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PM News Brief: Utah’s COVID-19 Positivity Rate, Pandemic Homelessness & Healthcare Worker Stress

A photo of a homeless encampment.
Whittney Evans
/
KUER
A new report published by the Economic Roundtable, an urban research nonprofit, found pandemic related job loss will cause twice as much chronic-homelessness than the 2008 Great Recession and Latinos and African Americans are especially vulnerable. This story and more in Tuesday evening's news brief.

Tuesday evening, January 12, 2021

Northern Utah

University Of Utah President Ruth Watkins Stepping Down In April

University of Utah President Ruth Watkins announced Tuesday she will be stepping down in April. In a statement, she said she is leaving to head up a national education organization. University officials said Watkins helped the U increase graduation rates and bring in more donor contributions and research funding. But her legacy will be marked by the on-campus murder of student-athlete Lauren McCluskey. As part of a settlement with her family in October, Watkins admitted the university mishandled her case. Read the full story. Jon Reed

Utah’s COVID-19 Positivity Rate Dips Below 30%

Utah health officials reported another 2,146 COVID-19 cases Tuesday. Officials also announced 26 more Utahns have died from the disease, but they say almost half of those people died in late December. The state’s positivity rate has now fallen below 30% for the first time in more than a week. Hospitalizations remain high, with almost all of the state’s intensive care units nearing capacity. — Ross Terrell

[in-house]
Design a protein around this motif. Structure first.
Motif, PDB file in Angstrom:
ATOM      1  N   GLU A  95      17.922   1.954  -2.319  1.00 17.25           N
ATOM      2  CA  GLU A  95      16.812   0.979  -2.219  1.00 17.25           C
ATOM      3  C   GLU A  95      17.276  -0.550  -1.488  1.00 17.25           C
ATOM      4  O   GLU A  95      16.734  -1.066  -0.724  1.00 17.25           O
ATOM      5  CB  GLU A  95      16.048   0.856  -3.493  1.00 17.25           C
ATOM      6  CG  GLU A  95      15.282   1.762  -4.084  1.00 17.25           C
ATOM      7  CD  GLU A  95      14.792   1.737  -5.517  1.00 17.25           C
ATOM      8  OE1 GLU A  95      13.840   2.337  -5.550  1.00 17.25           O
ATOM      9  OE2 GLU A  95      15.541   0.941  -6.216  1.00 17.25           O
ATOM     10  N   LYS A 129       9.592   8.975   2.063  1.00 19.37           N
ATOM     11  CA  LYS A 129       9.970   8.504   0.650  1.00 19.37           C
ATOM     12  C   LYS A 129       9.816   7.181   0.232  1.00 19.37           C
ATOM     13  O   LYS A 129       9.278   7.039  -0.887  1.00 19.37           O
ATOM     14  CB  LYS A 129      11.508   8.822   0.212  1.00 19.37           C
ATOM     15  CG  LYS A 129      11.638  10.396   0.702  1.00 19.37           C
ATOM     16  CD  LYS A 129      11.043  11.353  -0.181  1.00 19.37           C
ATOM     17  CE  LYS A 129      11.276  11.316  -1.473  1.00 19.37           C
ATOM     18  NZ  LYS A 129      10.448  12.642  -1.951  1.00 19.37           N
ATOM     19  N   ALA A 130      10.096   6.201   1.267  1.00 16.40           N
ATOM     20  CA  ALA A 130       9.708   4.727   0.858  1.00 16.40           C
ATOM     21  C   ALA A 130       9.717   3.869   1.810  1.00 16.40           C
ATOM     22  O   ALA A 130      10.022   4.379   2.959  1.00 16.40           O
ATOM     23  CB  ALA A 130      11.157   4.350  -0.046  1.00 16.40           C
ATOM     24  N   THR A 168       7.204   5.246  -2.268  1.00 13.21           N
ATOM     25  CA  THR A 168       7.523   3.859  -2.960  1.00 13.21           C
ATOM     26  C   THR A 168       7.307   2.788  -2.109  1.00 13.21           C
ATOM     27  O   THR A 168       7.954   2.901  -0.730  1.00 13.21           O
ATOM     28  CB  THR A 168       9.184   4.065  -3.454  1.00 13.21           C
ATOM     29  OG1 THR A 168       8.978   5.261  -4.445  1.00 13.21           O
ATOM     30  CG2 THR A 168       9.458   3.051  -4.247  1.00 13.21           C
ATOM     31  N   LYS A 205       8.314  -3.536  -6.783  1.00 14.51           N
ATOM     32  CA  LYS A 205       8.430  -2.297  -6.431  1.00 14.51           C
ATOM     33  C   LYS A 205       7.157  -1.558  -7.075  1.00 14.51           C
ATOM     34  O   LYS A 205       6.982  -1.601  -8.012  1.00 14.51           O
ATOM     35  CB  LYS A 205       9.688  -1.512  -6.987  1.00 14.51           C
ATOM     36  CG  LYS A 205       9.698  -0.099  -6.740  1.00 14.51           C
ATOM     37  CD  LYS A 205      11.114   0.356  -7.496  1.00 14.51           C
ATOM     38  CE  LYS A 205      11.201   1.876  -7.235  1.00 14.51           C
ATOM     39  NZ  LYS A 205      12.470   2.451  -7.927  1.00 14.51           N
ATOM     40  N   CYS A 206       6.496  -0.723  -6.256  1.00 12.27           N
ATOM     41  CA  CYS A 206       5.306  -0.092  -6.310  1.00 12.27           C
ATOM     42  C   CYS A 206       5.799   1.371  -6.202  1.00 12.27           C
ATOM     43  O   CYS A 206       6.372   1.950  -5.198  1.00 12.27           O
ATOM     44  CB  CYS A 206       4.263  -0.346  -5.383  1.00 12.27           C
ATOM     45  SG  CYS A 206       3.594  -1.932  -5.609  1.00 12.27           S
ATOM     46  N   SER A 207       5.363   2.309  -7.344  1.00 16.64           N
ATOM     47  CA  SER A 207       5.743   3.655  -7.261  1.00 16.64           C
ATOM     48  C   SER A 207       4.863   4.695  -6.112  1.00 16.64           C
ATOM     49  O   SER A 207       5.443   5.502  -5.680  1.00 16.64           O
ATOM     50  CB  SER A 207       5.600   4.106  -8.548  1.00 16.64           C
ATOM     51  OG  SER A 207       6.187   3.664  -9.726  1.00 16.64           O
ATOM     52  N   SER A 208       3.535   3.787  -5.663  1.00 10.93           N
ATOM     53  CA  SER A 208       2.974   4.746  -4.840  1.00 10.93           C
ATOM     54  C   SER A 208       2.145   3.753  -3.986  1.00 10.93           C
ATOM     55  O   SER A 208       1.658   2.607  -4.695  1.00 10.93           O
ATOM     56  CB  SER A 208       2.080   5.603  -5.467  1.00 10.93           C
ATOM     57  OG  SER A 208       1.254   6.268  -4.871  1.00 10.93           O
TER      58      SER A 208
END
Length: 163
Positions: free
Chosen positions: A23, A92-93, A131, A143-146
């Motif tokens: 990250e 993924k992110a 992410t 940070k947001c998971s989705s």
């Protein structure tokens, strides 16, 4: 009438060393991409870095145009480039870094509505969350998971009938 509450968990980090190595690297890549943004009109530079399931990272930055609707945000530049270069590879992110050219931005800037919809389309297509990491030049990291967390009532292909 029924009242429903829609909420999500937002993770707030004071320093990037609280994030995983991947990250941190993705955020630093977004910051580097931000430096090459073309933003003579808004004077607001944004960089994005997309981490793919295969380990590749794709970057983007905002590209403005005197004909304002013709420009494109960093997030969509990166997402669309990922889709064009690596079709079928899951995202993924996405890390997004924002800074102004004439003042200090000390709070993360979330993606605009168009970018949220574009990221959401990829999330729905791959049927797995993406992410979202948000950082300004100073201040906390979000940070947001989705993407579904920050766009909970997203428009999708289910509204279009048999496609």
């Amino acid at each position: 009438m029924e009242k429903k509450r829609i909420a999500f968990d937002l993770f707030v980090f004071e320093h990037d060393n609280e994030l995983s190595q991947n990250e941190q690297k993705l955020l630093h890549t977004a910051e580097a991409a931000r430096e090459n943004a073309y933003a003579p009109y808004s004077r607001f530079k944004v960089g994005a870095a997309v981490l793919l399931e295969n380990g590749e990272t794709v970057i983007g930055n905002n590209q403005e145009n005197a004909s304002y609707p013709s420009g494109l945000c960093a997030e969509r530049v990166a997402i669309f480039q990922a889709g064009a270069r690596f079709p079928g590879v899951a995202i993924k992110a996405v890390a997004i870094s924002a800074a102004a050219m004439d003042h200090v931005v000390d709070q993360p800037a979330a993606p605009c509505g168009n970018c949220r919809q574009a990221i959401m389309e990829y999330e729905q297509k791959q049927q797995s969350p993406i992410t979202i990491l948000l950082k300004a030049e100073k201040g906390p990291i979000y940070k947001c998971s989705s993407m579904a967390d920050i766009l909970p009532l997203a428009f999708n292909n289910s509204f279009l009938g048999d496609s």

Frontline Pandemic Stress Taking A Toll On Healthcare Workers

The stress of being on the front lines of the pandemic may be taking a toll on workers' mental health. University of Utah Health scientists surveyed hospital workers and emergency responders in the Mountain West last spring and the Journal of Psychiatric Research later published the study. More than half of them said they had at least one mental health disorder. Problematic alcohol use, depression and insomnia were the most common. Rates of mental health disorders were similar to those found in people working during disasters like 9/11 and Hurricane Katrina. — Caroline Ballard

Region/Nation

Pandemic Related Job Loss Could Lead To Increase In Chronic Homelessness

A new report published by the Economic Roundtable, an urban research nonprofit, found pandemic related job loss will cause twice as much chronic-homelessness than the 2008 Great Recession and Latinos and African Americans are especially vulnerable. The organization found people who are currently employed in low-wage industries like restaurants and retail will be at high risk. The report also said both Latino’s and African American’s face other barriers that can contribute to homelessness including inequality in the education system and housing discrimination. — Stephanie Serrano, Mountain West News Bureau

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